AWARENESS IN EVERYDAY LIFE
In spite of the different reasons for which we decide to start seeing a therapist, we all have in common this positive intention and interest for getting to know ourselves better and creating our lives in a way that will be fulfilling for us. Looking at ourselves from this perspective, enables us to get to know ourselves, to revive the parts of ourselves that had no chance to be lived out before, and to manifest these parts in our everyday life. It is this aspect – living our own self from the core of our being, and following the needs of our hearts and our truths – that could make us feel truly fulfilled.
However, the extent to which a person will transfer the experience of self-development to his/her everyday life is closely related to the strength of their intention. It is the people with a healthy intention to creatively experience and integrate this in their everyday life, who achieve the deepest changes.
Contrary to this, achieving practical changes is slower for people with damaged intention and personal will. The state of our intention largely depends on experiences that we had with our parents and early authorities when we were children. The part referring to the early experiences, especially early childhood, is connected with the level of healthy support that the child received in the period when it was developing its no, that is, when it opposed the external authority. This is usually the period of early socialisation, around the age of two, when children learn to walk and run, and their vocabulary becomes large enough to enable them to clearly express and verbalise their discomfort and dissatisfaction. Unreasonable or harsh breaking of the child’s will in this age may also cause damage to a healthy aspect of the child’s intention, which is later reflected in the adult life. This results in the feeling of guilt, inferiority complex, shame, insecurity and fear of confrontation. Such childhood traumas do not remain in our conscious memory, but in the implicit body-memory as reactive mechanisms imposing restrictions on our ability to act and stand up for ourselves as adults.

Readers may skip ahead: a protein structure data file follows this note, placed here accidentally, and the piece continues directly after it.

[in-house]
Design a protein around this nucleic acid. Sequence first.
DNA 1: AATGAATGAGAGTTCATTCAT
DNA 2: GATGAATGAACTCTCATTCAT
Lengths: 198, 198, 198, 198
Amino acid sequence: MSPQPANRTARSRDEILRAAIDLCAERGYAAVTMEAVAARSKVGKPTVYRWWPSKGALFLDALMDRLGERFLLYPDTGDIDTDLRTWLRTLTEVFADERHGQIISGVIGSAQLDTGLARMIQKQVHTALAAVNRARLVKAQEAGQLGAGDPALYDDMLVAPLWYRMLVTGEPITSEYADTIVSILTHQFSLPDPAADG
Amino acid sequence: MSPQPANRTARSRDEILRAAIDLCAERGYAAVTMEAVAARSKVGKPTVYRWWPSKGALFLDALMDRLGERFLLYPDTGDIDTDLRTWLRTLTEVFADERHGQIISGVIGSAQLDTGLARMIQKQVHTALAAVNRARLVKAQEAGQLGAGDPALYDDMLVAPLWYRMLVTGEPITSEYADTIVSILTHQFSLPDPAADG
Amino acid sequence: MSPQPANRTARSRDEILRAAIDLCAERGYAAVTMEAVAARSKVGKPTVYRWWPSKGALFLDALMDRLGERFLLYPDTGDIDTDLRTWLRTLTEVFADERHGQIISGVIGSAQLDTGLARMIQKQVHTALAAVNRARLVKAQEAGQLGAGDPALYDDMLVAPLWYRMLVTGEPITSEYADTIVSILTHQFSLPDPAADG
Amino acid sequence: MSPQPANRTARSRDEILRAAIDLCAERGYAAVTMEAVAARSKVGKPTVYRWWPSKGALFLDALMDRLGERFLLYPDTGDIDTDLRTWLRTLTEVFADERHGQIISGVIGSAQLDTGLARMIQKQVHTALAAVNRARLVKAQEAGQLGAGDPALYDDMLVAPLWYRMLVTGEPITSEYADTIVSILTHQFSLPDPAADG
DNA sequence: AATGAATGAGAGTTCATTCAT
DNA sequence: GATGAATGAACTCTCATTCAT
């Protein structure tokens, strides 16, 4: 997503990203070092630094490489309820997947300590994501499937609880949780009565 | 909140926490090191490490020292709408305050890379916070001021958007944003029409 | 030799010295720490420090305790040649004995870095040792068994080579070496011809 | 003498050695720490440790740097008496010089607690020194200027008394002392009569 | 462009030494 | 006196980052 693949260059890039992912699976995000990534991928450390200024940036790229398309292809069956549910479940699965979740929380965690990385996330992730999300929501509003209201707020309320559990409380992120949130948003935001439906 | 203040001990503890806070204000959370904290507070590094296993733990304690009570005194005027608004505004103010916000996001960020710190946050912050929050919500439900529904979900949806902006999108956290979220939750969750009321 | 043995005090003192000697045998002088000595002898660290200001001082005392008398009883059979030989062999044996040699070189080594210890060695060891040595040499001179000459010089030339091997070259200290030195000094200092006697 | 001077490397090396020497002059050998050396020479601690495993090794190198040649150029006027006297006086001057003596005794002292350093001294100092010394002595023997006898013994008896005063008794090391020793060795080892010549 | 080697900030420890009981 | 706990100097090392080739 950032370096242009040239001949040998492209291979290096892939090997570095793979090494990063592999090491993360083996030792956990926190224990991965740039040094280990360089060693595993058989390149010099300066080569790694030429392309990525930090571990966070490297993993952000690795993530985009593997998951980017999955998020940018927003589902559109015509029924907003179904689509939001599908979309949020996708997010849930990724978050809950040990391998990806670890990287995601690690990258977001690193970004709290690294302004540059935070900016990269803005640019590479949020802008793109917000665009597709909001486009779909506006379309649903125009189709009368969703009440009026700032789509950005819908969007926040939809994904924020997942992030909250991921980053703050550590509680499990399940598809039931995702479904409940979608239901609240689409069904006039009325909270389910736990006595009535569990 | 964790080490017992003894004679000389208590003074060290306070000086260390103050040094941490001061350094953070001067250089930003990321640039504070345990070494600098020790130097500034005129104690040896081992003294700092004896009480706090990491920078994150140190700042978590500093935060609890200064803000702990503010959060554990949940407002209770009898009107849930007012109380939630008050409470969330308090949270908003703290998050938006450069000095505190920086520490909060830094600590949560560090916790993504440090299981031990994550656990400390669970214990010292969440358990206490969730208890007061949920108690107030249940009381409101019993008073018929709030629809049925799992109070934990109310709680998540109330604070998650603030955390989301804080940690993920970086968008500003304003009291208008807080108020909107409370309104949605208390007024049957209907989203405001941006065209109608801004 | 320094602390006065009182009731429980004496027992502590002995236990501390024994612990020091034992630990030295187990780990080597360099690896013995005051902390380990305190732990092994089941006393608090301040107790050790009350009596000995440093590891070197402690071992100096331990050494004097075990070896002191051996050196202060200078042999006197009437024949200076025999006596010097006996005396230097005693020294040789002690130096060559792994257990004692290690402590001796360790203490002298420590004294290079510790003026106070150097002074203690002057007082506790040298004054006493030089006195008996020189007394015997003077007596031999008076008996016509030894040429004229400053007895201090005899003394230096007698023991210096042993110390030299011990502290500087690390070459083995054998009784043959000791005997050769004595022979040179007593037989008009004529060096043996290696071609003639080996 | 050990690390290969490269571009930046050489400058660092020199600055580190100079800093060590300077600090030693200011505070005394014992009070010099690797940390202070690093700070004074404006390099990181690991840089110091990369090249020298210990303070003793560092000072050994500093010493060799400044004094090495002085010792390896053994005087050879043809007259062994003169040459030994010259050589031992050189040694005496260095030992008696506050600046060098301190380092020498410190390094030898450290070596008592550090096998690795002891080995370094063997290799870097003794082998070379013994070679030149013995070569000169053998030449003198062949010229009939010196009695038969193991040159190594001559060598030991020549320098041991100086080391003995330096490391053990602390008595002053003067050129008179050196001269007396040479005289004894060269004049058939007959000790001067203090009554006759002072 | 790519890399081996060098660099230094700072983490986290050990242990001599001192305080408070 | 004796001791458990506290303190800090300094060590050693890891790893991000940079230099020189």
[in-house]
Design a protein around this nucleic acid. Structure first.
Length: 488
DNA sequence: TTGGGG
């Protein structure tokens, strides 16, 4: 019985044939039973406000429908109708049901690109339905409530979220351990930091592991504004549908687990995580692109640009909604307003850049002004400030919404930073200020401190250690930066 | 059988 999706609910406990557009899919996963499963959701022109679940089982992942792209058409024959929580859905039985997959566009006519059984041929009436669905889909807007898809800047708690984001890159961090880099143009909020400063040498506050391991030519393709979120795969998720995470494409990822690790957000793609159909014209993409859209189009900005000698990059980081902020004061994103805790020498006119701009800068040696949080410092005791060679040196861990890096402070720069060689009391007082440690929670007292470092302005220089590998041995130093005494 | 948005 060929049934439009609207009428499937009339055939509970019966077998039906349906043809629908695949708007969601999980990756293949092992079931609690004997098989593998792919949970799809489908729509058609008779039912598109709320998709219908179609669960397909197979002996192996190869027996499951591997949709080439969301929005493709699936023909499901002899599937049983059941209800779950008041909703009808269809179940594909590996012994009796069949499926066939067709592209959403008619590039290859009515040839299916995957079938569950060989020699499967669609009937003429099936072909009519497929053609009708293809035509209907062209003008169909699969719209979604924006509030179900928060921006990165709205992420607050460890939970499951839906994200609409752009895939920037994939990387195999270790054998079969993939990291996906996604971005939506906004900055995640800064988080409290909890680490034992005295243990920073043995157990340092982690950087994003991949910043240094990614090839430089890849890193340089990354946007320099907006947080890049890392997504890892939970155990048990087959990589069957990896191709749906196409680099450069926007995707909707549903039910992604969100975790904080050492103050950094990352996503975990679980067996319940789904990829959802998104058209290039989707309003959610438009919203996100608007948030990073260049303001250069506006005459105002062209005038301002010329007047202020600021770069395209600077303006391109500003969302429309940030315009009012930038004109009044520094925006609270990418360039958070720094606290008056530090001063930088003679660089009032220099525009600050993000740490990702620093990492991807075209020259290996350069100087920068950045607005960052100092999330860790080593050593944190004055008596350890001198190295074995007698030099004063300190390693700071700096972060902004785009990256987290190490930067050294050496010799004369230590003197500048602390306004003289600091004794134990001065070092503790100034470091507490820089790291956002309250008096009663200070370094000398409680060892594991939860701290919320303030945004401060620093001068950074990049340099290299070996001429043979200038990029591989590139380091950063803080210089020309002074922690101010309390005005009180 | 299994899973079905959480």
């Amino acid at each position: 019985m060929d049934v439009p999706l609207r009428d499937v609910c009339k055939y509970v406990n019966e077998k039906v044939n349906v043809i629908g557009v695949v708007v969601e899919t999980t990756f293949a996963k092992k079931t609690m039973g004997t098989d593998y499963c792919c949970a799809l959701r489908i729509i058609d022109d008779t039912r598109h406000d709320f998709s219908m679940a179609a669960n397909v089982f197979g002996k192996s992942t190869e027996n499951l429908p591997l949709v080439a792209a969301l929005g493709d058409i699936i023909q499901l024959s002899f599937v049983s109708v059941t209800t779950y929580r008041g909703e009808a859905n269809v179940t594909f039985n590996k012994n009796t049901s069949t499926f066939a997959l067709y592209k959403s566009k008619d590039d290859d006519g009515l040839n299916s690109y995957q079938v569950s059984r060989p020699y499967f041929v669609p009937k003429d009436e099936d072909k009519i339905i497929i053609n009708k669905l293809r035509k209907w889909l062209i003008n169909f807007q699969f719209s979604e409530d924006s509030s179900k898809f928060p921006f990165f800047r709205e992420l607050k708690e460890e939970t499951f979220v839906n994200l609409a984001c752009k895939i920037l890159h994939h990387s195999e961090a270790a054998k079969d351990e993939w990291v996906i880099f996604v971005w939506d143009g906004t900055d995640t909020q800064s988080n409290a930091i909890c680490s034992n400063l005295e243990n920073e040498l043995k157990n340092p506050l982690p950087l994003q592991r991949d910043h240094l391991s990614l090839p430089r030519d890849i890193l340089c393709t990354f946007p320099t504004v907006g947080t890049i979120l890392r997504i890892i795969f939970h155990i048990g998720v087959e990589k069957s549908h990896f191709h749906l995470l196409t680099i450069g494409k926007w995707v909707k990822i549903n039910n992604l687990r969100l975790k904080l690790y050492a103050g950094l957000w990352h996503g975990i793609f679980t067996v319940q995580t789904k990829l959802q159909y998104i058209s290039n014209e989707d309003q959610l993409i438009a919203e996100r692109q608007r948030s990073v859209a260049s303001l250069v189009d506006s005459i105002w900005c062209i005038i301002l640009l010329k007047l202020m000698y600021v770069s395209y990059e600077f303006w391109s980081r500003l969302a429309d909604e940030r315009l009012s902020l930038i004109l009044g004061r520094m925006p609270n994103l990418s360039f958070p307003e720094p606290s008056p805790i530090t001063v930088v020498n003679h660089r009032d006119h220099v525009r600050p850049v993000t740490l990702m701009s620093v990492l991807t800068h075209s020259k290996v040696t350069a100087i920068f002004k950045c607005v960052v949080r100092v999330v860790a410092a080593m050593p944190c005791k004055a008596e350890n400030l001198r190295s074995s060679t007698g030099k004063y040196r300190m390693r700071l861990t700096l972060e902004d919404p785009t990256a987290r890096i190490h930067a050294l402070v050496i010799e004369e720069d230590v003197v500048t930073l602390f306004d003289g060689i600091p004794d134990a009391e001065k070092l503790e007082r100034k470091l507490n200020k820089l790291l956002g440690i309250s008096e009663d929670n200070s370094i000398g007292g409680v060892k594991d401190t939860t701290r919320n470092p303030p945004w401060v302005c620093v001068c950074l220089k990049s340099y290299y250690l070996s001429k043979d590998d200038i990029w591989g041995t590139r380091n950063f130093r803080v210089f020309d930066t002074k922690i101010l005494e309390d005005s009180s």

Due to different states of will and intention, in working with a person we put an emphasis on different issues. In case of damaged intention we build up a confrontation capacity of a person, which includes working on frustration, aggression and fear of confrontation due to which the person gives up on him/herself. In this respect, we often start from the very foundations of personality, from the regressive emotions corresponding to a one-year-old, and then gradually work our way up towards adulthood.
Individual work with a therapist is also required due to the fact that avoiding discomfort is in human nature. It is typical for a child’s ego to avoid and supress pain and discomfort, and to persist in creating defence strategies in order to avoid them in future. By avoiding the feelings of earlier unpleasant or painful experiences we prevent our subsequent emotional development. The ability to cope with the certain emotion, to allow ourselves to feel that emotion, to express it or keep it inside ourselves without expressing it, if so decided, empowers our emotional self, that is, our ability to control our emotions, as opposed to letting our emotions control us. This is a natural way of growing up and reaching the spiritual maturity.
If we are afraid of our own suppressed aggression, we will also be afraid of our own strength. If we are afraid of pain, we will also be afraid of our capacity to enjoy. If we are afraid of sorrow, we will also be afraid of our need, and if we are afraid of our need, we will also be afraid of our own fulfilment. If we are afraid of being direct, we will not dare to enjoy any kind of pleasure and we will have to hide it.